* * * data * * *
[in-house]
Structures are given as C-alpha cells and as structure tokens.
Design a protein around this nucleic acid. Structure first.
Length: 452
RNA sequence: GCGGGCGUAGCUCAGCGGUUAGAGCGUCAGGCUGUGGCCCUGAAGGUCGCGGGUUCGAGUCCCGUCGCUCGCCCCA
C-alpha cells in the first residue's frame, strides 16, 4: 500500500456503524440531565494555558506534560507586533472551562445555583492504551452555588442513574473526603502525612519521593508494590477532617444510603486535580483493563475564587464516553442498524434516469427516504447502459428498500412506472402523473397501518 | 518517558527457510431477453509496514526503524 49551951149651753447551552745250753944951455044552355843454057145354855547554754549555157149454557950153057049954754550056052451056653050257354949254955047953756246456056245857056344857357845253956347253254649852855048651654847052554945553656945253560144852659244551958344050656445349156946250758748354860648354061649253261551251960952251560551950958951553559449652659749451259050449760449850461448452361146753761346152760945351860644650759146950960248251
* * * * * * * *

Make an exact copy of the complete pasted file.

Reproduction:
[in-house]
Structures are given as C-alpha cells and as structure tokens.
Design a protein around this nucleic acid. Structure first.
Length: 452
RNA sequence: GCGGGCGUAGCUCAGCGGUUAGAGCGUCAGGCUGUGGCCCUGAAGGUCGCGGGUUCGAGUCCCGUCGCUCGCCCCA
C-alpha cells in the first residue's frame, strides 16, 4: 500500500456503524440531565494555558506534560507586533472551562445555583492504551452555588442513574473526603502525612519521593508494590477532617444510603486535580483493563475564587464516553442498524434516469427516504447502459428498500412506472402523473397501518 | 518517558527457510431477453509496514526503524 49551951149651753447551552745250753944951455044552355843454057145354855547554754549555157149454557950153057049954754550056052451056653050257354949254955047953756246456056245857056344857357845253956347253254649852855048651654847052554945553656945253560144852659244551958344050656445349156946250758748354860648354061649253261551251960952251560551950958951553559449652659749451259050449760449850461448452361146753761346152760945351860644650759146950960248251